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WHAT IS A HURRICANE?Hurricane Season is from June 1 through November 30. Hurricanes have occurred outside of these six months, however these dates were selected to encompass over 97% of tropical activity. The Atlantic basin shows a very peaked season from August through October, with 78% of the troical storm days, 87% of the minor (Saffir-Simpson Scale categories 1 and 2) hurricane days, and 96% of the major (Saffir-Simpson categories 3, 4, and 5) hurricane days occurring. Maximum activity is in early to mid September. Once in a few years, there may be a hurricane occurring "out of season" - primarily May or December.ClimateForecastsHurricane WatchHurricane WarningSaffir-Simpson ScaleMore Hurricane InfoOther Links Tropical ClimateTropical Depression: An organized system of clouds and thunderstorms with a defined surface circulation and maximum sustained winds* of 38 mph (33kt**) or less.
Tropical Storm: An organized system of strong thunderstorms with a defined surface circulation and maximum sustained winds of 39-73 mph (34-63 kt).
Hurricane: An intense tropical weather system of strong thunderstorms with a well defined surface circulation and maximum sustained winds of 74 mph (64 kt) or higher. In other parts of the world, hurricane is synonymous for typhoons and cyclones.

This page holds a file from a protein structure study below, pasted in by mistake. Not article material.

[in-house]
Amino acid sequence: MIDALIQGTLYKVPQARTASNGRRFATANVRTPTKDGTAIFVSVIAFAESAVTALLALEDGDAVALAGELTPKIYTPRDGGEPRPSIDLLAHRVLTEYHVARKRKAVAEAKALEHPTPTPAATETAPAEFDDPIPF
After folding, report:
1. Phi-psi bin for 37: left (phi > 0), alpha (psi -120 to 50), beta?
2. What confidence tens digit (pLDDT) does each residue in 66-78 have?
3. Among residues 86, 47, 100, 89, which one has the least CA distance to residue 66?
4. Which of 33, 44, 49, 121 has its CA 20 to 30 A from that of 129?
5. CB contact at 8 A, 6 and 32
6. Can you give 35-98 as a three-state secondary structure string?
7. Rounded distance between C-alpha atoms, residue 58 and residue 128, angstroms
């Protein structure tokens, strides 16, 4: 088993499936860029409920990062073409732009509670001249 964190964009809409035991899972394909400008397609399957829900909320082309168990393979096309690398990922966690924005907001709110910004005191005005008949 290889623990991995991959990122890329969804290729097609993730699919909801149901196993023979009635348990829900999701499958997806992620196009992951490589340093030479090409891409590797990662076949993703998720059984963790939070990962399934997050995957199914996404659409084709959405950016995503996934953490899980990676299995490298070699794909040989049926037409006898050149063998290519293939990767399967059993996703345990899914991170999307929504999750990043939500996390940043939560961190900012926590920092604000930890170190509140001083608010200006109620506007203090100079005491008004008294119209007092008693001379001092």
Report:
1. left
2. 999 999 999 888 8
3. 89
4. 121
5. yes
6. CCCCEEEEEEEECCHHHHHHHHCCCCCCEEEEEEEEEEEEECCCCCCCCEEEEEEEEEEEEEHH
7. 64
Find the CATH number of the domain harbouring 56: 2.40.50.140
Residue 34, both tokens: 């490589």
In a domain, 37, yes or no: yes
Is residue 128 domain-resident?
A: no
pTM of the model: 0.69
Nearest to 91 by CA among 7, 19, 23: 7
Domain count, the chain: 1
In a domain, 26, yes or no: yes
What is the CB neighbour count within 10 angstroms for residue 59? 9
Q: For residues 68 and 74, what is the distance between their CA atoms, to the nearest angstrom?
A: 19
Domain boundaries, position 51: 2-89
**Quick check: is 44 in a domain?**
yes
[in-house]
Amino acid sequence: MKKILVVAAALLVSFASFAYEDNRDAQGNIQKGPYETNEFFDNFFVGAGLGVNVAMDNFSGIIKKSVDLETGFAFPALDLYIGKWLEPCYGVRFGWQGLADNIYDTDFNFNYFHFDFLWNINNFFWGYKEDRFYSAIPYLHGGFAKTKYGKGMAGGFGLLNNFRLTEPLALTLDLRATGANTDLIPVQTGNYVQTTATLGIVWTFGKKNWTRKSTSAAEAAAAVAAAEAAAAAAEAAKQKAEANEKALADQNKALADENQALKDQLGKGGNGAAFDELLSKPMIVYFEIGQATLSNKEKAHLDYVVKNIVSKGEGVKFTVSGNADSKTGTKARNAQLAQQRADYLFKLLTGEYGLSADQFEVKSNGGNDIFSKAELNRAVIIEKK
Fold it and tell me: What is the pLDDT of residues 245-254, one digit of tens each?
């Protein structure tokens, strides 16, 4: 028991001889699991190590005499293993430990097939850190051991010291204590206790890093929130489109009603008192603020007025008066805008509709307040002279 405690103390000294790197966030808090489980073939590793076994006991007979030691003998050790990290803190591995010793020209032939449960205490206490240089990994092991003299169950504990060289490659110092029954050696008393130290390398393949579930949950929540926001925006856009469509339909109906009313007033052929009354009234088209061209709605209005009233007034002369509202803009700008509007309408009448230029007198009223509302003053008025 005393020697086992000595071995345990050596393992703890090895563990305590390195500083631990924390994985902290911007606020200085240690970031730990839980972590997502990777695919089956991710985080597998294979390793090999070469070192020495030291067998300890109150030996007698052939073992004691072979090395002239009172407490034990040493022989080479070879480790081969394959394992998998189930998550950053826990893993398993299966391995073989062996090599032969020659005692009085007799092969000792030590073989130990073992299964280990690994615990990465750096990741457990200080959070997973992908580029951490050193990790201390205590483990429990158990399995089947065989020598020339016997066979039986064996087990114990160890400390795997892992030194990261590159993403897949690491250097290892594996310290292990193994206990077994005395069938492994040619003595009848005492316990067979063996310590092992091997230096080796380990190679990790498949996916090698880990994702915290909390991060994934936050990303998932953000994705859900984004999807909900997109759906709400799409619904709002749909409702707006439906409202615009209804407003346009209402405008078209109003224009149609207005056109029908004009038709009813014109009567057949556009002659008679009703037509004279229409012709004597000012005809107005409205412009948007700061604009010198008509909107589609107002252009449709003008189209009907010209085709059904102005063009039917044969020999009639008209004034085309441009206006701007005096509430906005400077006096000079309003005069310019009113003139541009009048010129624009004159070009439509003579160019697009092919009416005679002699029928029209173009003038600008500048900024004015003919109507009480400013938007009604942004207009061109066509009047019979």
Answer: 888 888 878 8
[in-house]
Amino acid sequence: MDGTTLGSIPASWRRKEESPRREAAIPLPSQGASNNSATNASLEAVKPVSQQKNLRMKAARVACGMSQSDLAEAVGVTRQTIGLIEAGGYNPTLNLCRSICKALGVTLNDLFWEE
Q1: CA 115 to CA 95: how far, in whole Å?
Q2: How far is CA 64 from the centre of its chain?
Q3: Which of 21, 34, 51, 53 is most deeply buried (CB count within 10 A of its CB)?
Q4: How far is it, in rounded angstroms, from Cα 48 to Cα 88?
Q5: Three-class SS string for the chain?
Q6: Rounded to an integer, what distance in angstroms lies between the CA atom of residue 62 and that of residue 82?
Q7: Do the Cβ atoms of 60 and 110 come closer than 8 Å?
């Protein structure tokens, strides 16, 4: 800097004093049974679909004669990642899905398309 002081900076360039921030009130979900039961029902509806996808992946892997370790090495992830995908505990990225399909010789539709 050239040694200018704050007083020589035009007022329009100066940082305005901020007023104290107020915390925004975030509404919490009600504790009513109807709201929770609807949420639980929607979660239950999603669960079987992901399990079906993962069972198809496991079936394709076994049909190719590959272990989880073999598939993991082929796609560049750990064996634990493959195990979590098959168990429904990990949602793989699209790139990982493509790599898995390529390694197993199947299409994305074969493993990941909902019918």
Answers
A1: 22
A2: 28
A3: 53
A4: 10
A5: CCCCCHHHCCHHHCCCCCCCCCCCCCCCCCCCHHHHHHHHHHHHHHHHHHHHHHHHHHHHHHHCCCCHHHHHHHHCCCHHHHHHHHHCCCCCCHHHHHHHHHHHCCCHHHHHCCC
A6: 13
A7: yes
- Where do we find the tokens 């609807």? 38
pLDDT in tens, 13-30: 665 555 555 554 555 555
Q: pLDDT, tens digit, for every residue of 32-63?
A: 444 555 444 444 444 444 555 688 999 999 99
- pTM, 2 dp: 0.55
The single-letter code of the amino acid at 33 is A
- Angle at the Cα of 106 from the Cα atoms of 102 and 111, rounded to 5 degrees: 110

It is advised to monitor the weather frequently and to heed the advice of local officials during hurricane season. Tropical systems can speed up, change direction and intensify without warning. Several local news stations as well as national weather services offer e-mail notifications by subscribing to their services. Advances in forecasts have resulted in more accurate track forecasts. As a result, there will be greater lead time for watches and warnings to enable communities more time to prepare.
The following terms are used by weather forecasters to describe the wind speed and probability/proximity of a storm from hitting a specific destination:
A hurricane may strike your area within 48 hours.
A hurricane is expected to strike your area within 36 hours.
The Saffir-Simpson Scale is a 1-5 rating based on the hurricane’s peak winds. Storm surge, flooding impact and central pressure statements are being removed from the Saffi-Simpson Scale and will be forecast separately.
Wind speed is the determining factor in the scale.
Category 1: Sustained winds of 74-95 mph
Category 2: Sustained winds of 96-110 mph
Category 3: Sustained winds of 111-130 mph
Category 4: Sustained winds of 131-155 mph
Category 5: Sustained winds greater than 155 mphLinks:National Hurricane CenterNational Weather ServiceBack to Hurricane Information Center.